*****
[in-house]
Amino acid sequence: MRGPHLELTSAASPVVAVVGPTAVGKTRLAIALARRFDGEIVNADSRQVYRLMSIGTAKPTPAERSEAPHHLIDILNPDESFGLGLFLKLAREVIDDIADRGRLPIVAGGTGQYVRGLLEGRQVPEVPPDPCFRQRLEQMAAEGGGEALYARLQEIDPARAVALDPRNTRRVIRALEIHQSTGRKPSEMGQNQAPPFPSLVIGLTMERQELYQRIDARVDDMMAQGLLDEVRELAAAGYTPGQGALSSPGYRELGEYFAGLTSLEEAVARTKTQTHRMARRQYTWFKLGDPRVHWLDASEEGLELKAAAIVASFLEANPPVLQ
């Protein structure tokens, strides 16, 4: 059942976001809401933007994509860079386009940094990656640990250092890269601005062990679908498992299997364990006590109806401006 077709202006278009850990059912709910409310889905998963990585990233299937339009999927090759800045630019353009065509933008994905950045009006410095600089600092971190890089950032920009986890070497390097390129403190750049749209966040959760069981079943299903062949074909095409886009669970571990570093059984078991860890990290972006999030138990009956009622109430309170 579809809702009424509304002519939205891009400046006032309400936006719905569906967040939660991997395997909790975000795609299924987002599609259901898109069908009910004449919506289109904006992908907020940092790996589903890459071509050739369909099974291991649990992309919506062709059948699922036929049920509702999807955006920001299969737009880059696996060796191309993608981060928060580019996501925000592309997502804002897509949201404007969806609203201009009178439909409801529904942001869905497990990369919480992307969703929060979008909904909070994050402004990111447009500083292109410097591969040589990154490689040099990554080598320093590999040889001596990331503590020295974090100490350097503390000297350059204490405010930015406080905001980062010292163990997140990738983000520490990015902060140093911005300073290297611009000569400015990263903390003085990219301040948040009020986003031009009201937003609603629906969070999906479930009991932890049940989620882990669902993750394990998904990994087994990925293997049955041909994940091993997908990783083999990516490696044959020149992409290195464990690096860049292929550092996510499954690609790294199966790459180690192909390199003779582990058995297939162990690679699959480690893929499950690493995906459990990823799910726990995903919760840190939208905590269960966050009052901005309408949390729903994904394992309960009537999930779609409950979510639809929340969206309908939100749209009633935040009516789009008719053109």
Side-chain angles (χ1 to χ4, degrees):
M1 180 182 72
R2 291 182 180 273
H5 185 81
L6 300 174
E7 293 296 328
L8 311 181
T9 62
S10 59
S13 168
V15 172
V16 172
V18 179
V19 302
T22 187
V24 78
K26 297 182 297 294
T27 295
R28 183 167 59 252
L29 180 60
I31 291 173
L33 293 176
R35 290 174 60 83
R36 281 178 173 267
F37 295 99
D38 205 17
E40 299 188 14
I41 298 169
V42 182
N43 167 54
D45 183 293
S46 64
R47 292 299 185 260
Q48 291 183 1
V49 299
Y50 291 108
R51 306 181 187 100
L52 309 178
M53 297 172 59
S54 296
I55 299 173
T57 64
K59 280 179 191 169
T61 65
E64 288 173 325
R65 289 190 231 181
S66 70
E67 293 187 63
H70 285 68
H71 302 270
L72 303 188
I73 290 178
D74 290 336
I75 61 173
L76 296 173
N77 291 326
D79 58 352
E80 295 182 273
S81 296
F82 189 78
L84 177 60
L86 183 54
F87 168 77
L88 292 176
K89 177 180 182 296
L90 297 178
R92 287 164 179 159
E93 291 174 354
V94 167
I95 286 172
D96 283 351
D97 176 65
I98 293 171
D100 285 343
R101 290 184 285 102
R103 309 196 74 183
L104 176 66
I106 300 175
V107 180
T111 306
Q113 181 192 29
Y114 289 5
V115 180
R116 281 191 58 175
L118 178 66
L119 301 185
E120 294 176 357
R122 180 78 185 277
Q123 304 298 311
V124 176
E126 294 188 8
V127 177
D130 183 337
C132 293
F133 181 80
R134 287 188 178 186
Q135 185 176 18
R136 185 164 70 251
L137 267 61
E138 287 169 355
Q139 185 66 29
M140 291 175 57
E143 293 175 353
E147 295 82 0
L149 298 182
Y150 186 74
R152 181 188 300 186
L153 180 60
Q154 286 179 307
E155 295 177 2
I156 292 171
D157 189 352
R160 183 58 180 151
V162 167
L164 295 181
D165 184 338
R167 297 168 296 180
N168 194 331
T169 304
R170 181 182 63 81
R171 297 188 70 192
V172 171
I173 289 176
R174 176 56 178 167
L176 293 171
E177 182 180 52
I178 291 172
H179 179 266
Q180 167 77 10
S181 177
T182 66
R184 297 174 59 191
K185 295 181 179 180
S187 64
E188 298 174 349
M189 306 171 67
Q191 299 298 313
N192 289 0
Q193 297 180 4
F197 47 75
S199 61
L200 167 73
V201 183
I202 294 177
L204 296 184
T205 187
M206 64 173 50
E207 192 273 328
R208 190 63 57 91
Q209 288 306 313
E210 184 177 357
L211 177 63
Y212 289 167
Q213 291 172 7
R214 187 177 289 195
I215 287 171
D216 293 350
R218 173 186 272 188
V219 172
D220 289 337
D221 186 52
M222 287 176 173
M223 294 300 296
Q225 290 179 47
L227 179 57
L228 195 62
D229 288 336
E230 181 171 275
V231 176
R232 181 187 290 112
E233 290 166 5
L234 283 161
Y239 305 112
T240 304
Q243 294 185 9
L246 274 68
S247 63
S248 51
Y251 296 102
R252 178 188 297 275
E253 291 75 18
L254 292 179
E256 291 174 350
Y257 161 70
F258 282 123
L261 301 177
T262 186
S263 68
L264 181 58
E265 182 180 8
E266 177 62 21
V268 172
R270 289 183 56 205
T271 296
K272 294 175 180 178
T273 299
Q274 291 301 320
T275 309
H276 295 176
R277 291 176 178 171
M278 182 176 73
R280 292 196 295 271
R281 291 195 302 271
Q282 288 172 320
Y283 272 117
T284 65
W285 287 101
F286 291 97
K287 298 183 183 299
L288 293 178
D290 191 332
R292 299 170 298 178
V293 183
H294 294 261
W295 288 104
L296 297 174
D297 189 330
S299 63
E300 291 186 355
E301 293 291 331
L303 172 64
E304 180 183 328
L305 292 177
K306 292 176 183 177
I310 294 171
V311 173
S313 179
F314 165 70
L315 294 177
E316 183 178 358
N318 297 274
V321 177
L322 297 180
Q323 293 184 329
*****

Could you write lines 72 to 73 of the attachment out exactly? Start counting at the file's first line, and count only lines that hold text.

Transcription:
V94 167
I95 286 172